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Pesticides

SCIENCE
March 29, 2012 | By Eryn Brown, Los Angeles Times
Scientists have identified a new suspect in the mysterious die-off of bees in recent years - a class of pesticides that appear to be lethal in indirect ways. The chemicals, known as neonicotinoids, are designed to target a variety of sucking and chewing insects, including aphids and beetles. Bees are known to ingest the poison when they eat the pollen and nectar of treated plants, though in doses so tiny that it was not seen as a threat. But two reports published online Thursday by the journal Science indicate that the pesticides are not altogether benign.
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BUSINESS
January 11, 2012 | Bloomberg News
The U.S. temporarily halted shipments of imported orange juice from all countries and said it would destroy or ban products containing even low levels of a banned fungicide. The imports will be held while they're tested and may be sold if levels are below trace amounts, the Food and Drug Administration said Wednesday. The fungicide, linked in studies to a higher risk of liver tumors in animals, was found in trace amounts last month in products from Brazil, which produces almost 1 in 6 glasses of orange juice consumed in the U.S., according to CitrusBR, an export industry association.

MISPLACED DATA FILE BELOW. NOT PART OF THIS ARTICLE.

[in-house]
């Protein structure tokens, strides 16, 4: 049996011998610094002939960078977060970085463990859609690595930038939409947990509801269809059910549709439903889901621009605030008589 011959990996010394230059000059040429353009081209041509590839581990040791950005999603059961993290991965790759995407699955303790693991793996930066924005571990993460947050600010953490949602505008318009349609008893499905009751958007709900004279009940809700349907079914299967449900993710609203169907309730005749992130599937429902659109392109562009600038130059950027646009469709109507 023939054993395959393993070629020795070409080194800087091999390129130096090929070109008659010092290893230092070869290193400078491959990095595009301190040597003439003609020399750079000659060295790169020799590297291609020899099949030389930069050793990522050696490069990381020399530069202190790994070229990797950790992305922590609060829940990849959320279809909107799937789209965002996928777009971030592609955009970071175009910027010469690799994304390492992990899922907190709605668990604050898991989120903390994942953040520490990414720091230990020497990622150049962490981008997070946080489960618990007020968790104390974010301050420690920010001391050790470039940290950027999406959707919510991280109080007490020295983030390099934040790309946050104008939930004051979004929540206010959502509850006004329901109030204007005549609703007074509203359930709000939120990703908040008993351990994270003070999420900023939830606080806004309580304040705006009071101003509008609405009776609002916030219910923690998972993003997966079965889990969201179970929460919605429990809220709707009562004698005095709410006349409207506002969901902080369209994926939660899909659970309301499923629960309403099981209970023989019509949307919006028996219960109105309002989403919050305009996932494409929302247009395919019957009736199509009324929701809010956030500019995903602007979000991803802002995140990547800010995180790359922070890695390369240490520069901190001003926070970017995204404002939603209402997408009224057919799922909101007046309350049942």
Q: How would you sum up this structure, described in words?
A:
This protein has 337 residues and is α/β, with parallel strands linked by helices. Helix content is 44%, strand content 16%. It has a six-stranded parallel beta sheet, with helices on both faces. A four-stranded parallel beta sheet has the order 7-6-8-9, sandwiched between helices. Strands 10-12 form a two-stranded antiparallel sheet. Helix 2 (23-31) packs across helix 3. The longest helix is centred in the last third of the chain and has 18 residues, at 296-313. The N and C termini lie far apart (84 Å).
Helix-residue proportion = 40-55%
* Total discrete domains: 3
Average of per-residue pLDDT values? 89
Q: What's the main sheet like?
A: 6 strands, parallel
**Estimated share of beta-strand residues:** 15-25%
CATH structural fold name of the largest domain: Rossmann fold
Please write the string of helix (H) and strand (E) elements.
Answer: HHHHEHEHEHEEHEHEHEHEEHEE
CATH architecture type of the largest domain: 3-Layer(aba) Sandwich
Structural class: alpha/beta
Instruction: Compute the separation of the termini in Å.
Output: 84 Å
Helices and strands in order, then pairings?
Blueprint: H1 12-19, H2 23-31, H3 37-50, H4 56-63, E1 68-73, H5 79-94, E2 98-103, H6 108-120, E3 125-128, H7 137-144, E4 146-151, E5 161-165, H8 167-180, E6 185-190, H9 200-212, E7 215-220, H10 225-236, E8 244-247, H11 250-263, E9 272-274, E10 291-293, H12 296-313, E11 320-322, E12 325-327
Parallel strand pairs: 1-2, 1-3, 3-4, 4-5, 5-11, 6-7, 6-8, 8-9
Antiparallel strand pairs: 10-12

CALIFORNIA | LOCAL
August 31, 2011 | By Molly Hennessy-Fiske, Los Angeles Times
Researchers at USC have found an increased prevalence of prostate cancer among older men exposed to certain pesticides in Central Valley neighborhoods. The authors used the state cancer registry to recruit 173 white and Latino seniors in Tulare, Fresno and Kern counties who had been diagnosed with prostate cancer between August 2005 and July 2006. They compared them with 162 men without prostate cancer, found through Medicare and tax records. Researchers then traced where the men lived and worked from 1974 to 1999 and compared those locations with state records of pesticide application.
IMAGE
June 19, 2011 | By Susan Carpenter, Los Angeles Times
Leather, tulle and silk may be the stuff of runway dreams, but when it comes to most U.S. apparel, cotton is king. Almost 75% of clothing sold in the U.S. contains at least some of the tufty fiber, according to the 2010 Cotton Inc. Retail Monitor, a survey of mass retailers. Farmers in this country will grow 8.16 billion pounds of cotton during the current growing season. Add China, India and the 100-plus other countries that cultivate cotton, and the yield is 62 billion pounds produced annually worldwide.
NEWS
June 14, 2011 | By Marissa Cevallos, HealthKey / For the Booster Shots blog
Apples are getting a lot of flack in headlines and news reports after topping a list of pesticide-tinged fruit and vegetables, ominously nicknamed the dirty dozen. The Environmental Working Group, a nonprofit organization that compiles the list from USDA data, announced Monday that pesticides were found on 98% of the apples the USDA tested. But the apple industry says that the levels of these pesticides fall within safe ranges and that cutting fruit and vegetables from your diet is a much riskier health move than consuming trace amounts of pesticides.
HEALTH
June 1, 2011 | By Amanda Mascarelli, HealthKey